See Kwame A. Appiah, Should a Parent of Two Children Split Inheritance Equally?, N.Y. Times, May 26, 2020.
California’s Prop 19: Property Taxes
Property owners who want to transfer real property in California to their children may soon lose a valuable tax benefit under state law. California voters will decide on Nov. 3 whether to implement Proposition 19, the “Property Tax Transfers, Exemptions, and Revenue for Wildlife Agencies and Counties Amendment.” The ballot measure proposes amendments to the California Constitution regarding the state’s property tax law that would significantly narrow the parent-child property tax exclusion that allows transfers of real property between parents and children to avoid the property’s taxable value being reassessed to its current fair market value.
Under current California law, all real property has an established taxable value that may be increased by no more than 2% each year except when there is new construction or a change in ownership of the property. When a change in ownership occurs, unless an exemption applies, the transferred real property is reassessed to its current market value as of the date of transfer, which becomes the property’s new taxable value. This reassessment can often result in a dramatic increase in the property’s taxable value.
However, under current law, the transfer of a principal residence between parent and child may be fully excluded from property tax reassessment, regardless of the market value of the property and regardless of whether the property is subsequently used as the child’s principal residence or for some other purpose, such as a vacation or rental property. The children get the benefit of the existing taxable value and can pass some or all of that benefit along to their own children. For any other property, including vacation, rental and business property, the first $1 million of the taxable value transferred between a parent and child (that is, the current assessed value, not fair market value) may also be excluded from reassessment. A similar exemption applies for transfers from grandparents to grandchildren if all the parents of those grandchildren are deceased.
The Prop. 19 ballot measure would eliminate the unlimited exemption for transfers of a principal residence unless the transferee continues to use the property as a principal residence. In addition, the transfer of a principal residence with a fair market value in excess of the residence’s current taxable value as of the date of transfer plus $1 million would also trigger a partial property tax reassessment, even if the property will continue to be used as a principal residence by the transferee. If approved by voters, Prop. 19 would go into effect Feb. 16, 2021. Starting Feb. 16, 2023, the $1 million threshold would be adjusted annually at a rate equal to the change in the California House Price Index.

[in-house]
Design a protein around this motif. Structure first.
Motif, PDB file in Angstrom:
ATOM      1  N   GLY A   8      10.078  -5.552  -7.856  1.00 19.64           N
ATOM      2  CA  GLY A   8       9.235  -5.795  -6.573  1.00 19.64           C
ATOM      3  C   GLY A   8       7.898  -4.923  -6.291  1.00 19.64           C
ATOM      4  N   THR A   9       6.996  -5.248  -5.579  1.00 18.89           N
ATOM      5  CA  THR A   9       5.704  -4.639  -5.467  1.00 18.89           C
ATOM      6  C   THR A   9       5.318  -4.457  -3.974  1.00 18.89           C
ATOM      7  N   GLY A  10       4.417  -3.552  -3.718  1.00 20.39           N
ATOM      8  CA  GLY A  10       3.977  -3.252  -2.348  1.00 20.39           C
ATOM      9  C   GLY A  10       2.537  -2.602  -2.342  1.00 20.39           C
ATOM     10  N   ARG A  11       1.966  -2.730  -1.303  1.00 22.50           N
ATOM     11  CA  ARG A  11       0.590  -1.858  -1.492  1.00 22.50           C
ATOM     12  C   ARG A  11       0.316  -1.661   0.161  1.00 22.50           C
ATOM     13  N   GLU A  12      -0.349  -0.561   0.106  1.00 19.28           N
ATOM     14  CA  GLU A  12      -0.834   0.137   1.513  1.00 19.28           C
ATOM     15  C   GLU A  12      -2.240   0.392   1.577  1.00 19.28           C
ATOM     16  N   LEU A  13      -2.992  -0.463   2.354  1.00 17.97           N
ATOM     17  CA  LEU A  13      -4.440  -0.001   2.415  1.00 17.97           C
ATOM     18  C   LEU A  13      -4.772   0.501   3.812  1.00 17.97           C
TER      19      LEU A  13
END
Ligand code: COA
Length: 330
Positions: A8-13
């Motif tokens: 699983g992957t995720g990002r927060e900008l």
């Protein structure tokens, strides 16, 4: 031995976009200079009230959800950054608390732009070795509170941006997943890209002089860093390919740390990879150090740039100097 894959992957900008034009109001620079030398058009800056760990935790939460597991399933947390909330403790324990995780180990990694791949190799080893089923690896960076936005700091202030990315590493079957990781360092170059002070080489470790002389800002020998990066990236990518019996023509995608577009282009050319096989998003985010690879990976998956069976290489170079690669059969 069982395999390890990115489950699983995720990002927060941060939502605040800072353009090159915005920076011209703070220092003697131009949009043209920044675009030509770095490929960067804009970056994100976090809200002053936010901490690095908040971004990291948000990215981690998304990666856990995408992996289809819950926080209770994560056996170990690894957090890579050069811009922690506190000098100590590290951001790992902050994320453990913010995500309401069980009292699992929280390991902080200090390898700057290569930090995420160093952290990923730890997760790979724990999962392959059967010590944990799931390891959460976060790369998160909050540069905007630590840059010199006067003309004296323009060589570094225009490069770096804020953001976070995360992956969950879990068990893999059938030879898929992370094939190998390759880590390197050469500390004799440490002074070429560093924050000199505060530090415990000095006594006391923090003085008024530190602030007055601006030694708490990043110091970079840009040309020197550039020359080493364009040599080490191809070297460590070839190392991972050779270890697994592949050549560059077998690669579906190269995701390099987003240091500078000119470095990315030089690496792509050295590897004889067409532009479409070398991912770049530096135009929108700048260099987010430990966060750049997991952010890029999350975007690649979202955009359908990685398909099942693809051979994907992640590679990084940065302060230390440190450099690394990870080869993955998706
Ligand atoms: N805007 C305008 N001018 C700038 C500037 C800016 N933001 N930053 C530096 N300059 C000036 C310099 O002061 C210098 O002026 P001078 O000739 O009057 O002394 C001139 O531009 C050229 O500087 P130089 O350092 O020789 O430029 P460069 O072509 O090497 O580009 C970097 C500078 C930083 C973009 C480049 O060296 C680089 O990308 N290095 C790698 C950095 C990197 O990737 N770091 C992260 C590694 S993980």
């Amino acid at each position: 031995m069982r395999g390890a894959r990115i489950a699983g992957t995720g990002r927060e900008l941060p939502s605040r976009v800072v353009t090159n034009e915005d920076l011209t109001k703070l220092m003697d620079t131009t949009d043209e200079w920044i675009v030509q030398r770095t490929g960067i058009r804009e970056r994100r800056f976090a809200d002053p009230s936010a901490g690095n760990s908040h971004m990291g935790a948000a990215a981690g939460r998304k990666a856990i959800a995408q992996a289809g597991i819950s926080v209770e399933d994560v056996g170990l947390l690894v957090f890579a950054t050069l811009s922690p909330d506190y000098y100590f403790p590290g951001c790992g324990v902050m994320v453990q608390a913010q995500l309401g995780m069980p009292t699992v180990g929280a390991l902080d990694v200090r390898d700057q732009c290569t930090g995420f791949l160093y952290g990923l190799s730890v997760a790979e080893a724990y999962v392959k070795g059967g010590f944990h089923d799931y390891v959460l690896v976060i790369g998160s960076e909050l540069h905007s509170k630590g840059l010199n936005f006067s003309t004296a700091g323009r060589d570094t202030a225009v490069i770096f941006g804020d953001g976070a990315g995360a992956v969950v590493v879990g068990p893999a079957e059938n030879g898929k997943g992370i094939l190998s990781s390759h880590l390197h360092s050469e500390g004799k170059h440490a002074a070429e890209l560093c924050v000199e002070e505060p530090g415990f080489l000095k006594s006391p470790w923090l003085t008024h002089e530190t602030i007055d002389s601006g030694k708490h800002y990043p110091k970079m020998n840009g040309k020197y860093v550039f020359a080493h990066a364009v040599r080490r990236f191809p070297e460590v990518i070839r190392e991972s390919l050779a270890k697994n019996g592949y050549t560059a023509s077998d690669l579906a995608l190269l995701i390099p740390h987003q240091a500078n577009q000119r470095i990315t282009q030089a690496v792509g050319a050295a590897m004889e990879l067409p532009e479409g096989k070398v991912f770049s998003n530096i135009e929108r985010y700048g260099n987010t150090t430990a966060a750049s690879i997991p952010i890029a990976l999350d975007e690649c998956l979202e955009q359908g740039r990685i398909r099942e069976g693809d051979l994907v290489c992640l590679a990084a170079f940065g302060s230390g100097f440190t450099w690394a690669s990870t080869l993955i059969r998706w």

Prop. 19 would also allow homeowners who are over age 55, have severe disabilities, or are victims of natural disasters or hazardous waste contamination to transfer their assessed value for property tax purposes to a different primary residence anywhere in the state—a change from existing law that generally requires the new property to be in the same county or in a county that has authorized intercounty transfers by ordinance. Under existing law, the taxable value of the old home may generally be transferred to the new home only if the fair market value of the new home is equal to or less than the fair market value of the old home. If the new home is of the same or lesser market value, the assessed taxable value of the new home remains the same as the old property. Under Prop. 19, the homeowner still gets the benefit of the lower assessed property tax value even if the new home has a greater market value than the old home, with an upward adjustment equal to the difference between the fair market value of the two homes. Homeowners who are over age 55 or who have severe disabilities may claim the tax assessment transfer benefit up to three times (an increase from the current single-time benefit), while disaster and contamination victims would continue to be allowed one transfer.
The COVID-19 pandemic has idled workers and the coming weeks will bring more news of business closures and bankruptcies. After a decade of sustained growth, we are facing a recession of uncertain depth and duration. The New York Times recently reported that some Americans are turning (or perhaps returning) to “financial therapy” for support.
In the trust and estate world, how dark are the approaching storm clouds? More specifically, how might the economic downturn cause California trust and estate litigation? From this blogger’s perspective, claims are likely to increase as a result of declining asset values, growing demands for trust distributions, and anxiety associated with economic insecurity. As always, however, allegations are easier to make than to prove.
See Jeffrey S. Galvin, What California Trust and Estate Litigation Will Arise from the Economic Downturn?, LexBlog, June 1, 2020.
The Setting Every Community Up for Retirement Enhancement (SECURE) Act, signed into law by President Trump on December 20, 2019, as part of funding legislation for the federal government, has many provisions relating to financial planning, especially retirement planning with IRAs and employer-sponsored plans. Among the provisions attracting the most attention is the curtailing of “stretched” inherited retirement assets.
In a typical stretch arrangement, one spouse would retire with a retirement account, which would be tapped during their lifetime and the balance left to a surviving spouse. The surviving spouse would continue to draw down the account and eventually leave the remaining funds to their children (or other beneficiaries, such as grandchildren). These ultimate heirs might be able to spread required minimum distributions (RMD) over their life expectancies, possibly resulting in decades of untaxed compounding and substantial wealth accumulation.
Read More: Sidney Kess, JD, LLM, CPA and Julie Welch, CPA, PFS, CFP, Tactics for Stretching Retirement Assets under the SECURE Act‘, CPA Journal, April 2020